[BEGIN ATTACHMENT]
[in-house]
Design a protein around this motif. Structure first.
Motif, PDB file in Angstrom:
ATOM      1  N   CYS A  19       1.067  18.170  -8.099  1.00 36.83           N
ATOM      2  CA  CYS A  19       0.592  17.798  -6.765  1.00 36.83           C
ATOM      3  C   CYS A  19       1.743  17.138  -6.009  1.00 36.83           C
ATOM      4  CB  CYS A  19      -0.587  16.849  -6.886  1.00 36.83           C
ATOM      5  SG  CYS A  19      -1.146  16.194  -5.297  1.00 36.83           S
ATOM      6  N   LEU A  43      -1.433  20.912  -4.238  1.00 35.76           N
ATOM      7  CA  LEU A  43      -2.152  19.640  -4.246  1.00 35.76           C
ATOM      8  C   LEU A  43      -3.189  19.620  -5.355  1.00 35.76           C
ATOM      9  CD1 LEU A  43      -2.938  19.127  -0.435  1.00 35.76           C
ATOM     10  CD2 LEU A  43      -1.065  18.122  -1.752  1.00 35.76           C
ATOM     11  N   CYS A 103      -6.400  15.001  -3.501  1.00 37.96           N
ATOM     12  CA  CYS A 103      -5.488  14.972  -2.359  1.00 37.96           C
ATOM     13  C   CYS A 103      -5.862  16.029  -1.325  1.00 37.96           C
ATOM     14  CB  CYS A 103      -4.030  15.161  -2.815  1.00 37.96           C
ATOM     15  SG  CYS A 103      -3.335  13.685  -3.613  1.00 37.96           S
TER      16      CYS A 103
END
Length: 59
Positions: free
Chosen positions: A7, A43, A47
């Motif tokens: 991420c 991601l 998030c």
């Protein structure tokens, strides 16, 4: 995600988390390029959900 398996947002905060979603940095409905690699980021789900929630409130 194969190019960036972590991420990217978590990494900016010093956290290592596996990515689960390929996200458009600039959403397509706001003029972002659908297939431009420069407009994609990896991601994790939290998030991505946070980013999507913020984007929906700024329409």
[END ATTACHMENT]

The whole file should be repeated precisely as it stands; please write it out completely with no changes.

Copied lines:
[in-house]
Design a protein around this motif. Structure first.
Motif, PDB file in Angstrom:
ATOM      1  N   CYS A  19       1.067  18.170  -8.099  1.00 36.83           N
ATOM      2  CA  CYS A  19       0.592  17.798  -6.765  1.00 36.83           C
ATOM      3  C   CYS A  19       1.743  17.138  -6.009  1.00 36.83           C
ATOM      4  CB  CYS A  19      -0.587  16.849  -6.886  1.00 36.83           C
ATOM      5  SG  CYS A  19      -1.146  16.194  -5.297  1.00 36.83           S
ATOM      6  N   LEU A  43      -1.433  20.912  -4.238  1.00 35.76           N
ATOM      7  CA  LEU A  43      -2.152  19.640  -4.246  1.00 35.76           C
ATOM      8  C   LEU A  43      -3.189  19.620  -5.355  1.00 35.76           C
ATOM      9  CD1 LEU A  43      -2.938  19.127  -0.435  1.00 35.76           C
ATOM     10  CD2 LEU A  43      -1.065  18.122  -1.752  1.00 35.76           C
ATOM     11  N   CYS A 103      -6.400  15.001  -3.501  1.00 37.96           N
ATOM     12  CA  CYS A 103      -5.488  14.972  -2.359  1.00 37.96           C
ATOM     13  C   CYS A 103      -5.862  16.029  -1.325  1.00 37.96           C
ATOM     14  CB  CYS A 103      -4.030  15.161  -2.815  1.00 37.96           C
ATOM     15  SG  CYS A 103      -3.335  13.685  -3.613  1.00 37.96           S
TER      16      CYS A 103
END
Length: 59
Positions: free
Chosen positions: A7, A43, A47
């Motif tokens: 991420c 991601l 998030c």
């Protein structure tokens, strides 16, 4: 995600988390390029959900 398996947002905060979603940095409905690699980021789900929630409130 194969190019960036972590991420990217978590990494900016010093956290290592596996990515689960390929996200458009600039959403397509706001003029972002659908297939431009420069407009994609990896991601994790939290998030991505946070980013999507913020984007929906700024329409």